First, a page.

Louise A. Herring Award for Philosophy in Action first-place award winner for less than $50 million went to Horizon FCU, Williamsport. Desjardins Youth Financial Education Award first-place recipients:
* $35 million-$75 million, A-K Valley FCU, Lower Burrell; * $75 million-$250 million, Erie FCU, Erie; and * More than $250 million, Freedom CU, Warminster.

Pennsylvania Supreme Court hears FOM case

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HARRISBURG, Pa. (3/6/08)--The Pennsylvania Supreme Court heard oral arguments in Pittsburgh Tuesday in a case bankers have filed against the Pennsylvania Department of Banking on its community-chartering application process. The case, filed by the Pennsylvania Bankers Association, involves field-of-membership (FOM) issues and focuses on the application process for community charter, said the Pennsylvania Credit Union Association (PCUA) (Life is a Highway March 5). The Supreme Court case is an appeal relating to a Nov. 13, 2006, decision by the Pennsylvania Commonwealth Court that the department did not follow procedural due process requirements when it did not conduct hearings or make records available to banking interest groups, who oppose field of membership expansions (News Now Feb. 25). Attending were: Lonny Maurer, Belco Community CU, Harrisburg ; Lee MacMinn and John King of Freedom CU,Warminster; Rick Stipa of TruMark Financial CU, Trevose; Laurie Kennedy of the Pennsylvania Credit Union Association; Linda Carroll of the banking department; and representatives of the credit unions' outside law firms: Blank Rome and Stradley Ronon. "We felt the credit unions and the Department of Banking put on our best case," said PCUA's Kennedy. "Now we will await a decision by the State Supreme Court."

Wisconsin league Banks distort facts to deflect failures

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PEWAUKEE, Wis. (3/6/08)--"It's nothing but the same old broken record. What banks are doing is deflecting attention from their own failures by distorting facts about credit unions," said Brett Thompson, president/CEO of the Wisconsin Credit Union League. The Wisconsin Bankers Association's (WBA) support for an amended state bill that would subject large credit unions to the same type of Community Reinvestment Act (CRA) regulations banks must follow for their failure to meet financial needs in their communities, particularly those of low-income customers, said the league. The amended bill, AB 897, would require credit unions with more than $100 million in assets to document their efforts in serving lower-income populations (News Now March 5). "Not one valid study has ever cited locally owned credit unions--whose purpose is to serve their members, not make profits--for failure to fulfill their mission, and that includes the largest credit unions," Thompson said. "Banks want to heap costly regulations on credit unions at taxpayers' expense, with no documented need for doing so," said Thompson. "Credit unions are restricted to serving only eligible members, and they've done a great job doing just that." He noted WBA ignores the evidence, including the $176 million that Wisconsin credit unions return to their 2.1 million members annually in lower rates on loans, higher rates on deposits and lower or fewer fees. "Consumers already reap these benefits from credit unions without CRA," he added. Thompson added that WBA continues to point at studies that are statistically flawed or inconclusive to mislead lawmakers and deflect attention from banks' failure to satisfy the spirit of the CRA. For a more detailed look at Thompson's comments, use the resource link.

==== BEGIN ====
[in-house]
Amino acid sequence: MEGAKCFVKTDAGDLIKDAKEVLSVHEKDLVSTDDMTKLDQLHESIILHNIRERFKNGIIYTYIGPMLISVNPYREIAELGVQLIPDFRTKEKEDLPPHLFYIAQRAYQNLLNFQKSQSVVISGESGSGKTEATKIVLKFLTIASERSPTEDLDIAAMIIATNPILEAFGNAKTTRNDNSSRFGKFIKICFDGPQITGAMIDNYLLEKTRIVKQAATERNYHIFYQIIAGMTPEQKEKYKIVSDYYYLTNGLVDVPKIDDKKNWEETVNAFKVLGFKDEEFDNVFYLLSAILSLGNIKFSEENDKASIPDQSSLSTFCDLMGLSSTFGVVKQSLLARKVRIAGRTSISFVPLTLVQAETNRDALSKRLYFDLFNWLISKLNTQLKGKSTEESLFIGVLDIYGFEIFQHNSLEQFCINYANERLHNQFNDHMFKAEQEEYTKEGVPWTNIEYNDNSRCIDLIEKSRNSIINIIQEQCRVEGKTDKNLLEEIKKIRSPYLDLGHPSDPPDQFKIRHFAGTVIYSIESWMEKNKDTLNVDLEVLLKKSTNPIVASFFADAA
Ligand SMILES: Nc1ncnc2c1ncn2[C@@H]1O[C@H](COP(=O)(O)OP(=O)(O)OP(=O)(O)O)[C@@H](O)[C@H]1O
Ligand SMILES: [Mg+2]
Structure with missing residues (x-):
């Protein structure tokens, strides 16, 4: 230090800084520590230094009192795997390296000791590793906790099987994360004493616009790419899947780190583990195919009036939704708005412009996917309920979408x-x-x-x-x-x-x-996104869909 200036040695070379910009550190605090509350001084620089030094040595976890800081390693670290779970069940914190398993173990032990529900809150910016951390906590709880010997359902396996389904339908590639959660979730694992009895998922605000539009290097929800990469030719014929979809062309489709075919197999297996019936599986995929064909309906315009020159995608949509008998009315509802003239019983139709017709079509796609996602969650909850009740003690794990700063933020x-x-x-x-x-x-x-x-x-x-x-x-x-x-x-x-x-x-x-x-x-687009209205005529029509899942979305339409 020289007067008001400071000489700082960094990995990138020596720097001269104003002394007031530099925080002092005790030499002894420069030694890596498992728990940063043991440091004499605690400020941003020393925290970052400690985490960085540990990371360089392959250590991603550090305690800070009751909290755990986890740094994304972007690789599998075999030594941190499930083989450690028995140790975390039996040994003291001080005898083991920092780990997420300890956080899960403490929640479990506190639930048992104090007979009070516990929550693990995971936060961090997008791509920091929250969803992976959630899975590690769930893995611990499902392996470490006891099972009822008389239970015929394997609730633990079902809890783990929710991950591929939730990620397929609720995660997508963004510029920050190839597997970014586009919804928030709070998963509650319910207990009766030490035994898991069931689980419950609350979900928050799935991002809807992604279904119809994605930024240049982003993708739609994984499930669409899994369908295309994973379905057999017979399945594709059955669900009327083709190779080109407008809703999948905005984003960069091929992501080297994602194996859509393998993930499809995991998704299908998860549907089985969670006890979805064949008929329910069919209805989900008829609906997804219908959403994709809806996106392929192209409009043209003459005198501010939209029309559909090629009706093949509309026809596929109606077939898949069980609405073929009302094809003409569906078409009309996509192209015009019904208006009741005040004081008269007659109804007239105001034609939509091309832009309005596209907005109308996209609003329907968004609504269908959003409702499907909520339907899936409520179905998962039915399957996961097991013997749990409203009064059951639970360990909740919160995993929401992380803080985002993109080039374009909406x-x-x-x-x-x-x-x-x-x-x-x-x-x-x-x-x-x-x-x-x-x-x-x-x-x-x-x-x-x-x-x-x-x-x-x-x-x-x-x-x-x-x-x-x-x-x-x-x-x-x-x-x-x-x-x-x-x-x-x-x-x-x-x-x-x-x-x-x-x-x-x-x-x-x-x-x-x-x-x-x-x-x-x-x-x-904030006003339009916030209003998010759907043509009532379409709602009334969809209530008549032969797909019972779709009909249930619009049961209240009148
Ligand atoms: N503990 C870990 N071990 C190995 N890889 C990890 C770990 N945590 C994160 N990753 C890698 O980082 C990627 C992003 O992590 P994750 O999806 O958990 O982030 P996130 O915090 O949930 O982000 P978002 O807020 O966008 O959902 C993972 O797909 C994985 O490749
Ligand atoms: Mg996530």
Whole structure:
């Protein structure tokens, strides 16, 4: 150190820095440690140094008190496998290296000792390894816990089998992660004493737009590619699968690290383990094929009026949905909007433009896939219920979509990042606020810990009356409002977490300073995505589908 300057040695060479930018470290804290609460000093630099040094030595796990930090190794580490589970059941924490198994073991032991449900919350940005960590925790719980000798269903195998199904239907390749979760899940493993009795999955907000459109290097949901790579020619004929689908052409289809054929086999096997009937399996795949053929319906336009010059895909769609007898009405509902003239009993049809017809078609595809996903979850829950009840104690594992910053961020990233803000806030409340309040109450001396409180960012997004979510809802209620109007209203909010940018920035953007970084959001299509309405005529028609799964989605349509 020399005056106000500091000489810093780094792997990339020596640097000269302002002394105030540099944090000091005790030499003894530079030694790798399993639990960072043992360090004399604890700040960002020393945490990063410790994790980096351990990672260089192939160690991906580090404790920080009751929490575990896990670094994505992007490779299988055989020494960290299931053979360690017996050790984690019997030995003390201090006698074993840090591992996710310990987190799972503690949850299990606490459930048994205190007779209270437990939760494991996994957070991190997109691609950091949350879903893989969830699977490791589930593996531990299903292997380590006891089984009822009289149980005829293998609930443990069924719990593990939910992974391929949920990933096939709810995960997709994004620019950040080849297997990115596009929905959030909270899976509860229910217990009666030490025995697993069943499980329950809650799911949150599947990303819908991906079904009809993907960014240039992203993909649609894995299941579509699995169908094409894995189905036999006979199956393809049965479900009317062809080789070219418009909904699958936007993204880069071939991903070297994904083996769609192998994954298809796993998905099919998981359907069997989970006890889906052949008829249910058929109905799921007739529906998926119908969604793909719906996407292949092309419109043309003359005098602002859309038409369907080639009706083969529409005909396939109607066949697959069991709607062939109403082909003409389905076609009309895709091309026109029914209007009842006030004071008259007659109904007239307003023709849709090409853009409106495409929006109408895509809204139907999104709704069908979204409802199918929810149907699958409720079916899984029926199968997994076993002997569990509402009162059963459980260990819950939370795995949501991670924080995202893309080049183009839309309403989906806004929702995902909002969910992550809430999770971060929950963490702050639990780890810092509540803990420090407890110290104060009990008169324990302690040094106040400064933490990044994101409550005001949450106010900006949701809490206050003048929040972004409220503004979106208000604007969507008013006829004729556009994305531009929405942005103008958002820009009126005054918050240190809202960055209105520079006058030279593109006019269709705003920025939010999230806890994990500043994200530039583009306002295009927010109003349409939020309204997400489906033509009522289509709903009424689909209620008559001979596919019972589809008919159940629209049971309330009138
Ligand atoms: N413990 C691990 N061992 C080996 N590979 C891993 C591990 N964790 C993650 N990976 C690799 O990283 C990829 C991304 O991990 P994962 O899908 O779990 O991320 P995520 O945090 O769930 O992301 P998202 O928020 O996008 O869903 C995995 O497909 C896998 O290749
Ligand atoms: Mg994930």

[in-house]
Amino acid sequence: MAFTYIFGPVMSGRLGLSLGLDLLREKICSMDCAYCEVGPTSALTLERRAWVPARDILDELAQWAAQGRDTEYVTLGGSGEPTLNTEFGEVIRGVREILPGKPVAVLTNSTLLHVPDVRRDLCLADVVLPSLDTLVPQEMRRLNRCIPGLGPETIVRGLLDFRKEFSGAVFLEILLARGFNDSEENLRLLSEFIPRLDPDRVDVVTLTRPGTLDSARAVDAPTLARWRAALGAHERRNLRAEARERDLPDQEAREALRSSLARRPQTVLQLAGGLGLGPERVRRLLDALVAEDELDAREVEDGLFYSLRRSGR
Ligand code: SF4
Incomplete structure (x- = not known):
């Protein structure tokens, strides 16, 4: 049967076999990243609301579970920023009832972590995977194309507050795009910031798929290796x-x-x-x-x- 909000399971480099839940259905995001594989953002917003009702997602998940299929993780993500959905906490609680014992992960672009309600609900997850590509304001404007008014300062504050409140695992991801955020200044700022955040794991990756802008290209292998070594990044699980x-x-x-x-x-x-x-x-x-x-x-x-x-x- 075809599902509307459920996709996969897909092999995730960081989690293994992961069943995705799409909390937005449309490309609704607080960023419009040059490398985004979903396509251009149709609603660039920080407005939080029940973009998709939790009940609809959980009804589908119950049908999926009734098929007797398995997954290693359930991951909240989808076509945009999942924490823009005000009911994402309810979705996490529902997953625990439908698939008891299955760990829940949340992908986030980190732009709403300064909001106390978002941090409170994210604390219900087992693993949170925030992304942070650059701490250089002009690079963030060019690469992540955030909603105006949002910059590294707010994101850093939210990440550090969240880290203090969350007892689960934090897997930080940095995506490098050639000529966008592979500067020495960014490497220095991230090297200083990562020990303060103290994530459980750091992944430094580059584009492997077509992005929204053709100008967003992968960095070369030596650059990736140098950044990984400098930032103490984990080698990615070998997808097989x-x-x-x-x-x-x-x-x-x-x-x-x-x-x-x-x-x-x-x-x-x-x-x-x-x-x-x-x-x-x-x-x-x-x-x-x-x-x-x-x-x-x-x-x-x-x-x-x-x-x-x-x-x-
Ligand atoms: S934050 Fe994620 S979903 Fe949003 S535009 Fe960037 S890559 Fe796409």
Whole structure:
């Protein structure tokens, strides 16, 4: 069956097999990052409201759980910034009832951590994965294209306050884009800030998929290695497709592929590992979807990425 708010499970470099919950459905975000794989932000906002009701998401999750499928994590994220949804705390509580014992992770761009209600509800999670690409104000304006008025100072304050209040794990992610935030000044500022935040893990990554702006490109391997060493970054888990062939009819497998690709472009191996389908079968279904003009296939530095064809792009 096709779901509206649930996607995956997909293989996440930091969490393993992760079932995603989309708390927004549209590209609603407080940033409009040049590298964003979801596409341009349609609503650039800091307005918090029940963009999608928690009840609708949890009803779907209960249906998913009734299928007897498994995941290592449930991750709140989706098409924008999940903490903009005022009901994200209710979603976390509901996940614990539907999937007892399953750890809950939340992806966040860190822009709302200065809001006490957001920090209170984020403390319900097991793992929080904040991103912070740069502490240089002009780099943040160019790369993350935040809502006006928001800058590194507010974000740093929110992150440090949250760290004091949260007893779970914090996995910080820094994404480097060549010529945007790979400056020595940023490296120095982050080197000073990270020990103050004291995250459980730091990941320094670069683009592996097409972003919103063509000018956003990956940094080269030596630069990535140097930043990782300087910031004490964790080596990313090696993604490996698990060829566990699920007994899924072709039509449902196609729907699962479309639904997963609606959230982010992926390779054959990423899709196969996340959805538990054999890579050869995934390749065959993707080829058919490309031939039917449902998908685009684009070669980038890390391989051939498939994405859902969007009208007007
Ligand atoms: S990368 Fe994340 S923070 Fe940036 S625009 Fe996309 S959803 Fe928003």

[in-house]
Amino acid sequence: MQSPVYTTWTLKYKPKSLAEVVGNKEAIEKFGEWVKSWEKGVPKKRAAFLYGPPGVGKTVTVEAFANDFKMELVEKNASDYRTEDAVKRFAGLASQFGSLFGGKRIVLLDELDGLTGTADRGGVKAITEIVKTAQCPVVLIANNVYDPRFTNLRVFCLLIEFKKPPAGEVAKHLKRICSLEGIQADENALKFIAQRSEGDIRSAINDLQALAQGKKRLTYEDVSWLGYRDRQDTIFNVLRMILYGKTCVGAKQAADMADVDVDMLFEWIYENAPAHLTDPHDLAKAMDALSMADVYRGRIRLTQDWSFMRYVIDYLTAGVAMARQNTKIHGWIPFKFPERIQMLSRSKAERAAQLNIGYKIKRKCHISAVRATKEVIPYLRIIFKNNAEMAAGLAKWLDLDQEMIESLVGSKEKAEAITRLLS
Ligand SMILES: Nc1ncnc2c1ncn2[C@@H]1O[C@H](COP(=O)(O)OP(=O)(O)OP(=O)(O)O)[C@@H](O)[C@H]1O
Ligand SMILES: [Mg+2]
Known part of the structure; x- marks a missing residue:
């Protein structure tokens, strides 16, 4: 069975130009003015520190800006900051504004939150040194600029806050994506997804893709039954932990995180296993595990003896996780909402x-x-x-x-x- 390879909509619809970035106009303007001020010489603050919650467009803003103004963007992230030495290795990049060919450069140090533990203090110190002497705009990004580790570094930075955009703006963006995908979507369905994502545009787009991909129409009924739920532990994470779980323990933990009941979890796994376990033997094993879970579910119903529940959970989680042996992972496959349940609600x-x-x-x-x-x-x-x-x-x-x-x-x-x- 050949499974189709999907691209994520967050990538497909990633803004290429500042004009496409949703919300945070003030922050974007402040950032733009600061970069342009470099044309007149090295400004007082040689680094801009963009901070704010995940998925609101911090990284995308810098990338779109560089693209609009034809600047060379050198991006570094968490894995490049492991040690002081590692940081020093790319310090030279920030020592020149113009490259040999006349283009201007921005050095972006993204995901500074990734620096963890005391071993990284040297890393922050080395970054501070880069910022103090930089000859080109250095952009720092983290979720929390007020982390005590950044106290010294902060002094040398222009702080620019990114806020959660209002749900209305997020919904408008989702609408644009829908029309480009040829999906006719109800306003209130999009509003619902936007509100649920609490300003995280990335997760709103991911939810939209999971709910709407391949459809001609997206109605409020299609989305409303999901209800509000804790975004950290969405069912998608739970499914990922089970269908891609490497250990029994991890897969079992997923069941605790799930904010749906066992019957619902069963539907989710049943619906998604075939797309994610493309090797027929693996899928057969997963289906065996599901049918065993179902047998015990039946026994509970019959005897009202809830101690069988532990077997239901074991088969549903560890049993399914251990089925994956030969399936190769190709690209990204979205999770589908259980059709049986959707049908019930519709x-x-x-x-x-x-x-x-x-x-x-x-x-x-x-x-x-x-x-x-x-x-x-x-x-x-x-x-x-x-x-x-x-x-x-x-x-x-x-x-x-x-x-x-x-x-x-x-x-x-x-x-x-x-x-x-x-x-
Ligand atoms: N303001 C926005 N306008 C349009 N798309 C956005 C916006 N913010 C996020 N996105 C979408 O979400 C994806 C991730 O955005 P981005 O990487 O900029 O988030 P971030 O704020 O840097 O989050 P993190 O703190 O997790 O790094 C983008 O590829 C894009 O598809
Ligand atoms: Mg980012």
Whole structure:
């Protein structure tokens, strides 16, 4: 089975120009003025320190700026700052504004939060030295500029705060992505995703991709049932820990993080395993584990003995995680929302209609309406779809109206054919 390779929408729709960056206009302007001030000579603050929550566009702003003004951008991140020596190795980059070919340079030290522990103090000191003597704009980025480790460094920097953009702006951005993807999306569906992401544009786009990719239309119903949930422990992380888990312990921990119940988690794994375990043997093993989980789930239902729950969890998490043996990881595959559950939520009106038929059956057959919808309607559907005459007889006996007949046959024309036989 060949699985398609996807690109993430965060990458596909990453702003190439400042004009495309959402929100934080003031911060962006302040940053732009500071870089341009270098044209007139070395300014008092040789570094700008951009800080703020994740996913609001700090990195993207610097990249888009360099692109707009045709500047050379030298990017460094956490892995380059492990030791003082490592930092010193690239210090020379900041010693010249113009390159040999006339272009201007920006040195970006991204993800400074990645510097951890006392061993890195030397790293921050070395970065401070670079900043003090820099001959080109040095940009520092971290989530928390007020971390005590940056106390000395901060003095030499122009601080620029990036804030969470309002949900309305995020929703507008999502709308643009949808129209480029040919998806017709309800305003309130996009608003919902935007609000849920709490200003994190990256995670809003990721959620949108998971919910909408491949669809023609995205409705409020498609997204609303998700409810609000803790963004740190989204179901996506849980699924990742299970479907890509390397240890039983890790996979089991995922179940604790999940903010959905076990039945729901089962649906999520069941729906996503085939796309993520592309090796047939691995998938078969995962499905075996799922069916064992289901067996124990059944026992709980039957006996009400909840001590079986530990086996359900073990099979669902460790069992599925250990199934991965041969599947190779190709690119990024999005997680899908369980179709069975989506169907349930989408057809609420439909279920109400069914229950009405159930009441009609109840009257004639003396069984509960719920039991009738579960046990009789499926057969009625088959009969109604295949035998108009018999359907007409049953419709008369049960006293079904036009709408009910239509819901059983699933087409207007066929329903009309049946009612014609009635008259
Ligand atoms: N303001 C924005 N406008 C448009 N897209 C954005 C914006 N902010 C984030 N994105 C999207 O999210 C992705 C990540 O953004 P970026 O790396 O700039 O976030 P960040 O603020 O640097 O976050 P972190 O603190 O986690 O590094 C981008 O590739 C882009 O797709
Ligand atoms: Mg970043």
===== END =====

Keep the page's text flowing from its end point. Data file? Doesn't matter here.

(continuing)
First Basin hangs up bank-conversion bid

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ODESSA, Texas (3/6/08)--First Basin CU in Texas announced Wednesday it has terminated its plans to convert to a mutual savings bank. It "will remain a credit union," said a press release on the credit union's website. The Odessa, Texas-based credit union has "terminated its plan of Mutual Charter Conversion and voluntarily withdrawn its applications to convert from a credit union to a mutual savings bank," said President/CEO Shem Culpepper in the press release. He said the $125 million asset credit union's board "made this decision based upon concerns surrounding false and misleading information being disseminated which affected the fairness of the voting process." "The board had become concerned that the controversy surrounding the vote was having an adverse impact on the credit union and its ability to serve its members," he said. Last month the credit union suspended the Feb. 21 membership vote on the conversion proposal, saying that members had received calls telling them that if they don't vote against the conversion, they would lose some of their deposits and their accounts would be closed. Other false statements included information about rate and fee changes, said Culpepper (News Now Feb. 18 and 19). According to Annette Snowden, board chairman, "Our first priority is, and always will be, to First Basin and its members. We look forward to returning First Basin to its normal business operations, providing highly personalized service and the exceptional value our members have come to expect." Members who opposed the conversion attempt are planning to run candidates in the next board election, according to Letty Morales, who founded Save First Basin, the group opposing the conversion (News Now Feb. 29).